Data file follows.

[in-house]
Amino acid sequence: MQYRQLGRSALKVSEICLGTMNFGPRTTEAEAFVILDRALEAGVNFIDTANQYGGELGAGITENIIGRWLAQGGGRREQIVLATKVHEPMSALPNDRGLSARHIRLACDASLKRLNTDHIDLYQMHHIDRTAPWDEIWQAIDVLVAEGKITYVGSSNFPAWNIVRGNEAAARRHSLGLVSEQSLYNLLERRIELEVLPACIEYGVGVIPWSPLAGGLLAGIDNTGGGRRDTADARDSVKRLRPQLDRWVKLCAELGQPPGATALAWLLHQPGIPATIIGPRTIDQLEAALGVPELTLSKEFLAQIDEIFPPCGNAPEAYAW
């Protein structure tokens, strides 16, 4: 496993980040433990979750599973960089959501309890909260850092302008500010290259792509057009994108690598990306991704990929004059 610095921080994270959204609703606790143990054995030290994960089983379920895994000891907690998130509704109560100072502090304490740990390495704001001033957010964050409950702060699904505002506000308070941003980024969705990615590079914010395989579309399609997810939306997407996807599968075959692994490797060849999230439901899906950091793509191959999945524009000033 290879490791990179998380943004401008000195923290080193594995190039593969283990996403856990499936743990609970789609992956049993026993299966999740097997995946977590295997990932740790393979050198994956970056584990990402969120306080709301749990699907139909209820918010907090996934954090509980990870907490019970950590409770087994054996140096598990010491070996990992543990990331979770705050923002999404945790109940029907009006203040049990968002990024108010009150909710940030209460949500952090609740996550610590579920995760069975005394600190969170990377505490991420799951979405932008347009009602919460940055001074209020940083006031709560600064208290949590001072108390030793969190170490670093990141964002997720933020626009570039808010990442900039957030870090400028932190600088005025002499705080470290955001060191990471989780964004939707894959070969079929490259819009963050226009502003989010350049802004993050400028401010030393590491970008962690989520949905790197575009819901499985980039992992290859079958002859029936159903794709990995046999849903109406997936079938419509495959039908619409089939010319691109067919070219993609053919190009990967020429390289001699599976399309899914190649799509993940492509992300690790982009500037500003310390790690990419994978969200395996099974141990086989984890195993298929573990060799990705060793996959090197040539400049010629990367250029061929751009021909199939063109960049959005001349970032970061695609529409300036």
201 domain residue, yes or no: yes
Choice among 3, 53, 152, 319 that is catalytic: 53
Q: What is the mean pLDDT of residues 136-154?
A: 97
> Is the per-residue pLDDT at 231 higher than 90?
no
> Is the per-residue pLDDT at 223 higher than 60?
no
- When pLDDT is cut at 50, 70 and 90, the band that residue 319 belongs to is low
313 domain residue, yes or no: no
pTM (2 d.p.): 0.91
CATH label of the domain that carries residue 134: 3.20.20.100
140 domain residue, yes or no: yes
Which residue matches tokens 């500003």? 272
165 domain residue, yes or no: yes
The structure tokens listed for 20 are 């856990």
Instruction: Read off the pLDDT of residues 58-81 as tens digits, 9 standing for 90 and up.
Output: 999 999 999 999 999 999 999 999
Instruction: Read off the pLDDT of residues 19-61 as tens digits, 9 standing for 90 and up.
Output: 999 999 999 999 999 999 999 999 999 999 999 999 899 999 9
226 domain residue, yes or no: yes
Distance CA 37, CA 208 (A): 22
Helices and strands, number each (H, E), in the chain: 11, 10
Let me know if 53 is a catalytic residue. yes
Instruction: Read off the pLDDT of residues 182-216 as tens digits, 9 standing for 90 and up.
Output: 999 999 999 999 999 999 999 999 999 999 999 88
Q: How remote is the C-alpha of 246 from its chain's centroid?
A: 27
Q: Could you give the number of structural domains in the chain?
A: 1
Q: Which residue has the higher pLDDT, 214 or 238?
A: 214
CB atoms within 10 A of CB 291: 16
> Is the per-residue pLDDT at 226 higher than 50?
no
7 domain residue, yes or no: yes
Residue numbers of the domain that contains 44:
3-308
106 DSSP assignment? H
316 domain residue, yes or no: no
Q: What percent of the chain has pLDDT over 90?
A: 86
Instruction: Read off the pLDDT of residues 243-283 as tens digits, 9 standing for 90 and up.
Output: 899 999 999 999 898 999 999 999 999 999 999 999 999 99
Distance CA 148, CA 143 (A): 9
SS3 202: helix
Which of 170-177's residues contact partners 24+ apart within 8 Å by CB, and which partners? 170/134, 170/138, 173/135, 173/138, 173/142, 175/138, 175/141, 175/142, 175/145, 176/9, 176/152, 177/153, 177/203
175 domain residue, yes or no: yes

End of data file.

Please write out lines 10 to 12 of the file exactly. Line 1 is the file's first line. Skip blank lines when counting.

> Is the per-residue pLDDT at 223 higher than 60?
no
- When pLDDT is cut at 50, 70 and 90, the band that residue 319 belongs to is low